They sit down and drink their fill. The man then says, "Watch this," and he turns his hat in a strange manner. He then asks the bartender if the drinks have been paid for. The merchants are shocked when the bartender says yes. The merchants offer to buy the hat from him, for a small fortune. He sells it and heads home to show his wife their new wealth.
If the story ended here, it probably wouldn't be worth mentioning. But it continues:
The merchants soon realize they've been had, and they go to the nearsighted peasant's house. The wife emerges from the house before they enter, ready with the peasant's hopeful ruse--telling the merchants that the peasant is dead.
The wife did as she was told. But her wailing and lamenting made no impression on them. "Then we shall punish your husband after his death for what he has done to us," they told the woman and they entered the room. The peasant was lying on the floor. but this did not keep them back. They beat him so hard that the poor peasant could do nothing else but run away and hide.Now that's a good ending. I think it's truly wonderful that the merchants are satisfied not with getting their money back, but with the fact that they beat a man so hard he returned from the dead. I can't help but think that they traveled around the countryside for a day or two, trying this at any grief stricken house to which they came.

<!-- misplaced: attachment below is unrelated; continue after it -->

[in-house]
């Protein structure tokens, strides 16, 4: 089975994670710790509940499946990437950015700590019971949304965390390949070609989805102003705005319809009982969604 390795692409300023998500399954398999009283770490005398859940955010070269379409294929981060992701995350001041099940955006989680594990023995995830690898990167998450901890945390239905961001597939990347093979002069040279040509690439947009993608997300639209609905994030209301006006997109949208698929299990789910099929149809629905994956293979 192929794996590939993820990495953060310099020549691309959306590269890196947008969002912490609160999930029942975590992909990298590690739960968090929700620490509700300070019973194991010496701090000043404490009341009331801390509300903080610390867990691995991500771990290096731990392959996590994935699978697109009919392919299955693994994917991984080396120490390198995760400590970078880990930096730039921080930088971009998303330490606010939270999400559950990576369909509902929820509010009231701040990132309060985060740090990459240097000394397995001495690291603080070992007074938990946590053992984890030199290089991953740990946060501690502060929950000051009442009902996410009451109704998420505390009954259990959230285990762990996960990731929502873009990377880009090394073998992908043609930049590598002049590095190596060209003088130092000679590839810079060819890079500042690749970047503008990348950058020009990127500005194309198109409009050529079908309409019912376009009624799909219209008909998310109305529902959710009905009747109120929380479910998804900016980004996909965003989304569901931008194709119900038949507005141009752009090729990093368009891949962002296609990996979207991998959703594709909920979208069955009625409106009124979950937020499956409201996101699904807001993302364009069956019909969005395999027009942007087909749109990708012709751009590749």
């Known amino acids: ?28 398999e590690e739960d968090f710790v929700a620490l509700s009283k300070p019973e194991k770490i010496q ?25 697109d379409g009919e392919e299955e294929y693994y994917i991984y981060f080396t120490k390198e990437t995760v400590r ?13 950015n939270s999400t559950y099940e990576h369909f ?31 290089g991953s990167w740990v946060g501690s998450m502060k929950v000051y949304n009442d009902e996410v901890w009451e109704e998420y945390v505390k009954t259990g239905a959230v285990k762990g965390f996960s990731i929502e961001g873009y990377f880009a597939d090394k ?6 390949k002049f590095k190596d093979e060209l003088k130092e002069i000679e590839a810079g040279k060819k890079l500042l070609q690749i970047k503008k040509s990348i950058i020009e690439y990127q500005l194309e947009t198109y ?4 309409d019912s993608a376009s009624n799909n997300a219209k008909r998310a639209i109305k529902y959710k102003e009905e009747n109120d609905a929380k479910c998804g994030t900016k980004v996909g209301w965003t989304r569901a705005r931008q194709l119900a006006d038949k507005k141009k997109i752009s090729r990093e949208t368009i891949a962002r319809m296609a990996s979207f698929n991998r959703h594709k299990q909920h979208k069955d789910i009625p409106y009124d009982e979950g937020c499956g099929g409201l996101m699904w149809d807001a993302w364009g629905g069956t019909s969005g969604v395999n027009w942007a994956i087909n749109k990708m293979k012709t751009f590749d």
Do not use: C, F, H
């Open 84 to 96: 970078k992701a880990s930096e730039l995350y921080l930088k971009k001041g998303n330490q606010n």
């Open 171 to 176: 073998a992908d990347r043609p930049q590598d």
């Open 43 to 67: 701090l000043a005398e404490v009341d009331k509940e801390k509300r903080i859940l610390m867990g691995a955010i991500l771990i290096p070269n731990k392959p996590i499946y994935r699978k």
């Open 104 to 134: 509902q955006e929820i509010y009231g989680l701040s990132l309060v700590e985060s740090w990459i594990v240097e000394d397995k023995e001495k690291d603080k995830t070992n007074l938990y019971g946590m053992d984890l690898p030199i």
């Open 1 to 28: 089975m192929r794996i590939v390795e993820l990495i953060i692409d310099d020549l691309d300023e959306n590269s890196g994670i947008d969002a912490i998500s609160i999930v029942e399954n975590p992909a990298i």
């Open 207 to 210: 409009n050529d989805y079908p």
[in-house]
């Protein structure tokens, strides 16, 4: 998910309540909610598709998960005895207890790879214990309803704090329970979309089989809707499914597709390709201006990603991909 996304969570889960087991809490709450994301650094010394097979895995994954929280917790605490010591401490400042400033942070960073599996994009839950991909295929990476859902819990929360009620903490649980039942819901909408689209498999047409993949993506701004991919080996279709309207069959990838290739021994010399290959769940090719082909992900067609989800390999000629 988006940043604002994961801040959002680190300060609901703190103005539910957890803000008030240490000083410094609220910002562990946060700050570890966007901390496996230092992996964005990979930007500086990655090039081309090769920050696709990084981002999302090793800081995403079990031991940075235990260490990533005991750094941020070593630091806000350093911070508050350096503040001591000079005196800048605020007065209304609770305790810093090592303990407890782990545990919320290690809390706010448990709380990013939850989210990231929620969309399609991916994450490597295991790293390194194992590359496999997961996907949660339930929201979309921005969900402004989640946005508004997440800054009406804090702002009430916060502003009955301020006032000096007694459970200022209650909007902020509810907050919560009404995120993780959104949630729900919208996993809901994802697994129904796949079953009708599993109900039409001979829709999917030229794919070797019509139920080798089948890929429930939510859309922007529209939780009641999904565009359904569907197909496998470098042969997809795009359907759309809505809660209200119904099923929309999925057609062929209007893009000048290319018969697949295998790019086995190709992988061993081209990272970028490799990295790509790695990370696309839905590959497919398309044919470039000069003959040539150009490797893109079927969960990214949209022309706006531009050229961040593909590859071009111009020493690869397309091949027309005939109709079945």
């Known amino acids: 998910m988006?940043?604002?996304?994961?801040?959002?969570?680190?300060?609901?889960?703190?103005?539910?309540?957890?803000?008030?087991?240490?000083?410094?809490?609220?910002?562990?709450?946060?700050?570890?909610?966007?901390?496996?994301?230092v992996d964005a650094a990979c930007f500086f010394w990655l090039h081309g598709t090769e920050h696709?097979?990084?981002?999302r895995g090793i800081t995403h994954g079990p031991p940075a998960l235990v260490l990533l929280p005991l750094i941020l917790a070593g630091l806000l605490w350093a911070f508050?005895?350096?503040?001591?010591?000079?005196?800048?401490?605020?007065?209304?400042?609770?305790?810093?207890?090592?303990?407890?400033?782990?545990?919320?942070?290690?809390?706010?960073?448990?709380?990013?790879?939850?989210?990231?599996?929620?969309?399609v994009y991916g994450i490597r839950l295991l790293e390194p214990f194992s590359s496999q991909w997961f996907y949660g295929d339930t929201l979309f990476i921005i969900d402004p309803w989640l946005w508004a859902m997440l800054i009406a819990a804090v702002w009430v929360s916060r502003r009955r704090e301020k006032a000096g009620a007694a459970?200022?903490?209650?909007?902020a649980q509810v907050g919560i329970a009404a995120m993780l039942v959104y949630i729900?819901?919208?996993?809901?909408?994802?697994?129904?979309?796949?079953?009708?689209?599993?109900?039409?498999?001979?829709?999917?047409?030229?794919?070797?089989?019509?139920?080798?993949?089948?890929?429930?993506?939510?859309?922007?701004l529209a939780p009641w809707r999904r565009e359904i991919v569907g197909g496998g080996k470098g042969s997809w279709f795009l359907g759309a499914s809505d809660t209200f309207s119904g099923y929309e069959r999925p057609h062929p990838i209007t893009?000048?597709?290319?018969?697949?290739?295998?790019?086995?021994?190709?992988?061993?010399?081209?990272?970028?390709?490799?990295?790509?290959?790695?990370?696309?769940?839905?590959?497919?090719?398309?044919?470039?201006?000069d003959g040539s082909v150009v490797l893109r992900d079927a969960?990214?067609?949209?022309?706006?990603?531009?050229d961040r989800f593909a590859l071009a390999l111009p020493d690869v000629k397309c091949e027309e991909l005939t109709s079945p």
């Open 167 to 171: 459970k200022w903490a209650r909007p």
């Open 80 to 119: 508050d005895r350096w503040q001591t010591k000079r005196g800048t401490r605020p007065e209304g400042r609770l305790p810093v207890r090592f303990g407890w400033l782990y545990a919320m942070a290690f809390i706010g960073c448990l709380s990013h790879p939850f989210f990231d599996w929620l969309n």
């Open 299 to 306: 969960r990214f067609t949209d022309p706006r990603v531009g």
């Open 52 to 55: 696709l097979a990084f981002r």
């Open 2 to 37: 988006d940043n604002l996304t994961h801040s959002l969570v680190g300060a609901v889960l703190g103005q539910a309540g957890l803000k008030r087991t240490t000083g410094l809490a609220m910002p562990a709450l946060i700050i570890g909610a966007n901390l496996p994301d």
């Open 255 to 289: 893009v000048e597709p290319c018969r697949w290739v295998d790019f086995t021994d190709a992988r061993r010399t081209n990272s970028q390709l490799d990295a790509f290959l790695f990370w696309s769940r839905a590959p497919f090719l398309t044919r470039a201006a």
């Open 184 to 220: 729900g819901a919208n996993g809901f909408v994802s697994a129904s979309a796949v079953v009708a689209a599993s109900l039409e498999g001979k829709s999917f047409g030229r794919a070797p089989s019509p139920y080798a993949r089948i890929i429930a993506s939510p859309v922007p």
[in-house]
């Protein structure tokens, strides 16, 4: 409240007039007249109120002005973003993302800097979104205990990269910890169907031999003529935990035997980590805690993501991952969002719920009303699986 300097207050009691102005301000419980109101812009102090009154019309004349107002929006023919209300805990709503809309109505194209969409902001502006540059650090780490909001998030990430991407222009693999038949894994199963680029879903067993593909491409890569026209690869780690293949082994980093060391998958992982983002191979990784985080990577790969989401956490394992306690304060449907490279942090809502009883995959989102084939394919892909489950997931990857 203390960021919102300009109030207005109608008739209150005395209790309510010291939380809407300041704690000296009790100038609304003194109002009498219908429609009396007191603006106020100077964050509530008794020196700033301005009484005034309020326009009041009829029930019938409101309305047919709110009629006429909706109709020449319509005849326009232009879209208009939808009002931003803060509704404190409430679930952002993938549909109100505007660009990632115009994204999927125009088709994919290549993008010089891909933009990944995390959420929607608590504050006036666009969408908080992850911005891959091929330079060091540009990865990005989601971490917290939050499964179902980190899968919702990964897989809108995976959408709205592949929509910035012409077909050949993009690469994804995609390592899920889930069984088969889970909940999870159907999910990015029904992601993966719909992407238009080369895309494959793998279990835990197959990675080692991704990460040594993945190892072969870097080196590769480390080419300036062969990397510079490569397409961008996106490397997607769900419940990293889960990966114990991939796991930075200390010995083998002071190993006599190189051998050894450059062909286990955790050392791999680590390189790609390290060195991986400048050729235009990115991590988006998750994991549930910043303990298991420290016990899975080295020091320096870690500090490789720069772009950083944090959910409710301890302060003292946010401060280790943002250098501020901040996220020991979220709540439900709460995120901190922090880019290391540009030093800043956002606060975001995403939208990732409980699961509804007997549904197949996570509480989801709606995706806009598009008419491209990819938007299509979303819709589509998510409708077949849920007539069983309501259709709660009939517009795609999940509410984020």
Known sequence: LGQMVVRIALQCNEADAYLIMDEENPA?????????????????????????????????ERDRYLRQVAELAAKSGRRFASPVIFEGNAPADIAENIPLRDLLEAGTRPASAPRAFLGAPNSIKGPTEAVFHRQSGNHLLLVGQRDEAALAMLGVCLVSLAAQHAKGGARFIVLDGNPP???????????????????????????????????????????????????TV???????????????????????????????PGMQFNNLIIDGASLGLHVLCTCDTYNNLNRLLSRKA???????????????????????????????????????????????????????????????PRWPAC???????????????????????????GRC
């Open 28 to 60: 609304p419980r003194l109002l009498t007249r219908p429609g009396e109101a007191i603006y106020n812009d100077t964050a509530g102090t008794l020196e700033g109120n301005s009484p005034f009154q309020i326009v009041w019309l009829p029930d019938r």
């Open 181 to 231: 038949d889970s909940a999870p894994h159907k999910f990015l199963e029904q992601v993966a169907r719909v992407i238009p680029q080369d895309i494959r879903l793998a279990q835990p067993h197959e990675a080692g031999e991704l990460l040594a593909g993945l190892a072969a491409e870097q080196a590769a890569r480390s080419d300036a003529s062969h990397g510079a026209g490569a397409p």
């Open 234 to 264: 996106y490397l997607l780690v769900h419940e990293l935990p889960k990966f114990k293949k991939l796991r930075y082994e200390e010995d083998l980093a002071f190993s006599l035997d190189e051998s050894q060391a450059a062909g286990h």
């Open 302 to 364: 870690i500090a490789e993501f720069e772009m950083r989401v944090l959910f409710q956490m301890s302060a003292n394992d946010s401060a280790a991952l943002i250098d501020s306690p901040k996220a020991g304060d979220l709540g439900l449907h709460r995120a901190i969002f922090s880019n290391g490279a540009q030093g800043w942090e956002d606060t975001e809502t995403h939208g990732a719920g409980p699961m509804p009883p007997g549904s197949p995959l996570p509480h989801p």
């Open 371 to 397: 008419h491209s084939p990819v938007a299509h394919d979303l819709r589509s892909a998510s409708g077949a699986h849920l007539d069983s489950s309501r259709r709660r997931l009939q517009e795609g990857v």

The duped merchants had taken revenge. Satisfied, they went away, because you do not succeed every day in raising a person from the dead.
On a related note, I saw the actor John Mattey, who played one of the two leads in that movie, on tv the other day, in a commercial for Disney World, maybe? I wasn't paying attention. I was happily surprised to see that guy, who once uttered the phrase "He made it better, we'll make it more better," on the screen.